North Stars

“You know, we want to really enrich people’s lives at the end of the day, not just make money. Making money might be a byproduct, but it’s not our North Star.”

—Tim Cook

James and I have an argument. It goes like this.

I say that Apple’s number one priority is making good products, and they assume that if they succeed, they will make money.

James says that Apple is a corporation, and the goal of corporations is to make money. James believes that Apple has found a novel way to achieve the ultimate goal of making money—by focusing on making good products.

What’s the difference? Does it matter?

The Power of One

These questions call to mind one I had to answer a few years ago—Stanford’s business school application essay. The prompt is ingrained in the mind of anyone who has taken it on:

What matters most to you, and why?

My essay hinged on another quote: "Do you want to spend the rest of your life selling sugared water, or do you want to change the world?" (1)

The thoughtful reader might ask if you can do both. You can. But the point is that while every person or organization has a list of priorities, there’s always one at the top. What matters most to you, and why? Selling the most sugared water, or changing the world?

I believe enumerated priorities follow the power law. The top priority is more important than the rest of the priorities combined. The reason is that when the chips are down, when push comes to shove, when you’re deep in the weeds, you can really only hold on to one thing in your mind as the deciding factor. One principle demarcates the line—is the answer “yes,” or “no?”

Human nature is to resort to “gut” decision-making for the hard stuff. Your gut can only retain so much. But I believe it can be taught one thing—your top priority. Your North Star.


One other thing I got out of business school (before dropping out) was a great definition of company culture. It’s not ping-pong tables or vacation policies. It’s the set of principles by which decisions are made when the boss isn’t watching. If you’re the founder/boss, you better make sure you nail these down early.

What are we about? What determines why we did this instead of that? What determines why we’re going to do this instead of that?

What matters most to us, and why?

If you believe the power law, as I do, what really matters is getting the top priority right. Finding your North Star. Then, at least you can have confidence that in those dark rooms at 2 a.m. when some drunk 22-year-old is hammering out the key product feature or doing the analysis that’s going to guide your next project, he knows what the ultimate goal is. If you can drill that into his head, you’re most of the way to having a focused company.


But here’s a paradox: choosing “shareholder value” or profit as your North Star will eventually lead to the demise of your business. Disruption, short-term greediness, whatever you want to call it—you will die. To paraphrase Clayton Christensen, you fail by getting too good at pleasing your best customers, while companies that were once beneath contempt eat you from below.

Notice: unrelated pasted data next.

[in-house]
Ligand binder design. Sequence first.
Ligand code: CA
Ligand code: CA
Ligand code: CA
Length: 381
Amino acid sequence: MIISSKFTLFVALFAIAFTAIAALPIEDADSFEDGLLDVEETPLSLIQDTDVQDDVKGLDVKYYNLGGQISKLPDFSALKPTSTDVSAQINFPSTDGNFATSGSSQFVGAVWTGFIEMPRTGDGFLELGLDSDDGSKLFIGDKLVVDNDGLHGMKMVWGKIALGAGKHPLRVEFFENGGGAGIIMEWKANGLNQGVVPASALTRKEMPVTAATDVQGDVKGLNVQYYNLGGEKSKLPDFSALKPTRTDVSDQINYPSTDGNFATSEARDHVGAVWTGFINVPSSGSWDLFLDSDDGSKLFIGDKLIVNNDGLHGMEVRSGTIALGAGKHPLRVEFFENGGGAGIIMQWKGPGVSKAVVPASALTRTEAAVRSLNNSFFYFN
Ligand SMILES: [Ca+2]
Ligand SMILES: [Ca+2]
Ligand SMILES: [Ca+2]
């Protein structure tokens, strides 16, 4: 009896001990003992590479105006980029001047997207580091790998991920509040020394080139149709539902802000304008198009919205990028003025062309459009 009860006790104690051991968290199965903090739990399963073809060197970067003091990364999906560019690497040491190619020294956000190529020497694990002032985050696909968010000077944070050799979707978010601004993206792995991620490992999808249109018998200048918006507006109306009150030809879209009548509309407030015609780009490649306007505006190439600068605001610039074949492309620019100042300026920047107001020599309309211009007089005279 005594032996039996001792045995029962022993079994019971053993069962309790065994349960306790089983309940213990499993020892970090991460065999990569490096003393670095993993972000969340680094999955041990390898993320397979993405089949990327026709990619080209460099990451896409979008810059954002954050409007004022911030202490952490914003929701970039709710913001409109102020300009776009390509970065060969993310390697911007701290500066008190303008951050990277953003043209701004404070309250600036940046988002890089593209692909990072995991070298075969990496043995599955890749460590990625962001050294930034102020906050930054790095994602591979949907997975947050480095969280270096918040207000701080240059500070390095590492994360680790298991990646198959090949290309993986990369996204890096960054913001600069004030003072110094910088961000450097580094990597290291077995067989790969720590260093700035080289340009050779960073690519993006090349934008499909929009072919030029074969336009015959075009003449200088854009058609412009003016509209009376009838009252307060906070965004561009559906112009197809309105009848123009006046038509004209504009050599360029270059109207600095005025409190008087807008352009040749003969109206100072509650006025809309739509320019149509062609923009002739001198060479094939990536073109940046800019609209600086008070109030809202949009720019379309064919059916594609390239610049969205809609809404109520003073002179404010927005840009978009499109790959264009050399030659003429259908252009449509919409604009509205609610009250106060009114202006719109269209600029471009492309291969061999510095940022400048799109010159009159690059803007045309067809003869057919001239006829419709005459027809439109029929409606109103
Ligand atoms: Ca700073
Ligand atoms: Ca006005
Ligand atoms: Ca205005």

I was reminded of the dilemma reading this piece. It seems that companies that survive multiple business cycles aren’t aiming to extract the most value from them. Why?

I have a couple of hypotheses. One is that short- and long-term profitability are fundamentally different. Long-term profitability is really just survival. And, given that survival is really just not dying, focusing on anything else, like making more money, will ultimately fail. Setting a goal other than profit might be like caloric restriction; you live longer, but don’t ride as high.

The second hypothesis is more interesting. Perhaps the company that is culturally built to extract profit can really only do so from a small set of product-market combinations. Perhaps the company that is built on loftier, more abstract goals, like “making great products,” or “pleasing customers,” is a different kind of organization entirely. (2)

The former, even if it achieves its goals, can fail when the product no longer serves the market. The latter cannot fail if it achieves its goals, because there are always great products to build and customers to please.

It cannot ever succeed like the profit-oriented company can, though, because it’s a different kind of organism. Like hardy strain of bacteria, it has to mutate to gain new skills and replicate those mutations across generations. It might have to change so much that its founders wouldn’t recognize it. Nokia started out making pulp paper and galoshes. IBM made punch clocks and scales.

One organization is running a mine whereas the other is building a city. Mines get depleted. Cities almost never die.


To come back to the initial argument, I believe Apple has chosen to focus, above all else, on making great products that delight customers. Profitability is a priority, but it’s not the first.

You get to choose, too.

If you focus on making money, you will probably make more, but your company will die sooner.

If you focus on something else, you’ll have a shot at living longer, but the organization will have to change, sometimes dramatically, to continue pursuing its top priority.

One’s not better than the other. But don’t assume the choice doesn’t exist.

What’s your North Star?


  1. Clichéd, but give me a break, I was 21 and “The Social Network” hadn’t come out yet.

  2. It doesn’t have to be “change the world,” especially at the beginning. You can start small and roll.